This other technique is described in French patent application 91-15138 in the name of the Applicant and consists essentially in growing a p+ doped thin separation layer 12 epitaxially on the substrate 4 which may be made of silicon, GaAs, InP, etc. Thereafter, the active layer 5 is formed on said separation layer 12. The separation layer 12 may also be obtained by implantation through the active layer 5.
Naturally, the material constituting the face of the active layer 5 that is in contact with the separation layer 12 is not p doped since otherwise the component would be etched from beneath during electrochemical dissolution of the separation layer 12. Said material is generally a layer that is n+ doped. If the active layer includes one or more p layers, special precautions need to be taken to protect the flanks of the layer with an inert material, in the same manner as the aluminum-rich layers when dissolving chemically.
The anodic dissolution step consists in dissolving the semiconductor material of the p+ doped separation layer 12 by placing it in contact with an electrolyte (e.g. KOH), said material constituting the anode relative to a reference electrode. By means of the "soluble anode" phenomenon, said electrode disappears progressively, i.e. the material of the separation layer, and of that layer only, is progressively removed. The electrolyte begins etching said layer at the location 13 that is bared, and thereafter it works edgewise through the layer. The remainder of the structure, in particular the substrate and the regions that may optionally be protected by means of an inert layer are electrochemically inert and they are thus left intact.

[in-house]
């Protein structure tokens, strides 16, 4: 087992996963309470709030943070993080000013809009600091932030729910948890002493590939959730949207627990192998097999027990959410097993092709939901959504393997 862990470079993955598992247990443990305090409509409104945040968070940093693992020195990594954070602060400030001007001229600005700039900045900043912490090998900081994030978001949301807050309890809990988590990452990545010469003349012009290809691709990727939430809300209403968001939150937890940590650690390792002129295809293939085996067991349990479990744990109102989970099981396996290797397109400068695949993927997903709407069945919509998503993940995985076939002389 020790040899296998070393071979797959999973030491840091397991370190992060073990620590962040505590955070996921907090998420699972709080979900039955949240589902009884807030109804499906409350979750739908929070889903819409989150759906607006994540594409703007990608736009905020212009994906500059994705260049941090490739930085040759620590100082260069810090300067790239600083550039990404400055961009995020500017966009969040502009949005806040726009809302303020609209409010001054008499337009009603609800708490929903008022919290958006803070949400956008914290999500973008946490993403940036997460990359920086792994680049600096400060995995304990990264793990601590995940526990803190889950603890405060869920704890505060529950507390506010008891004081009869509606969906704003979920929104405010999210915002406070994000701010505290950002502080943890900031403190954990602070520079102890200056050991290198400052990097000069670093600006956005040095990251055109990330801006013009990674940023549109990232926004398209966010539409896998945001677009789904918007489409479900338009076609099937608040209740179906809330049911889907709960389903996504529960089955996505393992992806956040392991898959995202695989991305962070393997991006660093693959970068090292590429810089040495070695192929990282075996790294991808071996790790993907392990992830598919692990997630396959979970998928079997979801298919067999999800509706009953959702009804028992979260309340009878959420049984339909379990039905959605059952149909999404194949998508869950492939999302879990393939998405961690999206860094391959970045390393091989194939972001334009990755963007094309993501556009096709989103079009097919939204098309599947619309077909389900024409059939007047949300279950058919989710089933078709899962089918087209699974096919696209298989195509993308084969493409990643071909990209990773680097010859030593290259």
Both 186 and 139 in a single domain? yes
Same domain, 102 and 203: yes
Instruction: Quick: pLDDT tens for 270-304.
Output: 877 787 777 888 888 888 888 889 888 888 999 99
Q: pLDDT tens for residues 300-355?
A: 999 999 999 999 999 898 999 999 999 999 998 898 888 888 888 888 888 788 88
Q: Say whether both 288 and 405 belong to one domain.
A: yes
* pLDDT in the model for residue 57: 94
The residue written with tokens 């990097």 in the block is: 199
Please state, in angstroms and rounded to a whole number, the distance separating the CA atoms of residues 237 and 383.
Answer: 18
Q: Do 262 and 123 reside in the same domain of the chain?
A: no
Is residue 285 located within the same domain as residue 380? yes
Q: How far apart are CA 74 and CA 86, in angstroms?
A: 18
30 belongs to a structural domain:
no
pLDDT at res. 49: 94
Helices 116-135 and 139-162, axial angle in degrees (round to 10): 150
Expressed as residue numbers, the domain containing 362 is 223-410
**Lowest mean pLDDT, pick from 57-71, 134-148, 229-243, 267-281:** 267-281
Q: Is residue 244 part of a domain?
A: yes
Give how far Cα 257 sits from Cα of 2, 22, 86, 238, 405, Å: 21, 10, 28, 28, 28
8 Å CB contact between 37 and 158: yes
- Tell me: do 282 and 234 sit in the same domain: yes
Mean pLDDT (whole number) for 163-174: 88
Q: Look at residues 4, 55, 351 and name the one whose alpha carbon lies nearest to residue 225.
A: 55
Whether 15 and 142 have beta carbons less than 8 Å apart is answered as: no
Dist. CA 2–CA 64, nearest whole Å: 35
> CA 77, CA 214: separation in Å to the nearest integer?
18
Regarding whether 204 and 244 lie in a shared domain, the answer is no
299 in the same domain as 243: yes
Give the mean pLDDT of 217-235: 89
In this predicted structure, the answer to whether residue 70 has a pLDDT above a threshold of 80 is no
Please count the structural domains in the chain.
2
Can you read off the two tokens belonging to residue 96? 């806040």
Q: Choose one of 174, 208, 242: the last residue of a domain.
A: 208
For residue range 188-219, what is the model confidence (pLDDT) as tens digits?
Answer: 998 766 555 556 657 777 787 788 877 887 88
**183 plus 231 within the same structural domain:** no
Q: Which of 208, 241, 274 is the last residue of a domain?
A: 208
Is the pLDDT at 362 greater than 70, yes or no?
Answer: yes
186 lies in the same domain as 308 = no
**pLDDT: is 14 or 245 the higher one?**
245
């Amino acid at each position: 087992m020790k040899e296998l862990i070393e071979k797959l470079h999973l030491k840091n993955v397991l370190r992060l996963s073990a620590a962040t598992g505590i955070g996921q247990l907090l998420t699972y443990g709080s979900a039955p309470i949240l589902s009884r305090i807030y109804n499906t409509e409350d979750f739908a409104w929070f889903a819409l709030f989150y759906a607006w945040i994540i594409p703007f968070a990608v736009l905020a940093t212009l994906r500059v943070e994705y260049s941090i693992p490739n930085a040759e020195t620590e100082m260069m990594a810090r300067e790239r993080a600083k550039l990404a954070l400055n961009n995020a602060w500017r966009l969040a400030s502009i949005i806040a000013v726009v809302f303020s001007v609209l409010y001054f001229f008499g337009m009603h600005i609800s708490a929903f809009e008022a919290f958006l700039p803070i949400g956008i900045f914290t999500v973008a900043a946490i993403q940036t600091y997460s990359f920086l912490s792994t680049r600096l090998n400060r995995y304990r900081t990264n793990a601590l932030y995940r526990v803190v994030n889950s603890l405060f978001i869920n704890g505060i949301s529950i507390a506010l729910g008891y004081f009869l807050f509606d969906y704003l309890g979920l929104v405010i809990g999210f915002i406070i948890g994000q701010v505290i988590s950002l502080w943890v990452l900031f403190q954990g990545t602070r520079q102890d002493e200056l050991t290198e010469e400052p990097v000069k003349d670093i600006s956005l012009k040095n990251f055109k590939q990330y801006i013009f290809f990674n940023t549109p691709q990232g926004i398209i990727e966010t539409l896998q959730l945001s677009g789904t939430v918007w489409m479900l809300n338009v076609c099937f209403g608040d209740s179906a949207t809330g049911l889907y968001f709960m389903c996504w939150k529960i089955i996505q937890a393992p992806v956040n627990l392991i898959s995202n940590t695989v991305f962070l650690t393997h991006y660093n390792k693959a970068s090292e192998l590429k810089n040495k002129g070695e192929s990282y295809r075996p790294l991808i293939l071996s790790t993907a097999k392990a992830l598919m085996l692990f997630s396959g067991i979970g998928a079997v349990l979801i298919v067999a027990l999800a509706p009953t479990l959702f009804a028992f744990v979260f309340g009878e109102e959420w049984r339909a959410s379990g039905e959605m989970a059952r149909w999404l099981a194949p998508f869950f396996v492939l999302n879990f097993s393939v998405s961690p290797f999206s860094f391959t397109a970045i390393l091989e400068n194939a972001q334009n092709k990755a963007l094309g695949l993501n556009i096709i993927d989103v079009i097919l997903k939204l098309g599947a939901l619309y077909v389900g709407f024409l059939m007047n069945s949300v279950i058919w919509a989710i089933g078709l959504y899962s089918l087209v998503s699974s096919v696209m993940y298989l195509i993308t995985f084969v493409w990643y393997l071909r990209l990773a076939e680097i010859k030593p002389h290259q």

For further details on the phenomenon of a semiconductor material being dissolved electrochemically, reference may be made, in particular, to the study by T. Ambridge et al., The Electrochemical Characterization of n-Type Gallium Arsenide, Journal of Applied Electrochemistry, Vol. 3 (1973), p. 1, which describes a method in which said dissolution is used for determining the doping of an n-type layer of GaAs. Nevertheless that is merely a method seeking to characterize electrically a surface layer of a semiconductor structure, and it is not envisaged at any point that said technique could be used for separating a substrate from components formed thereon by dissolving a buried separation layer.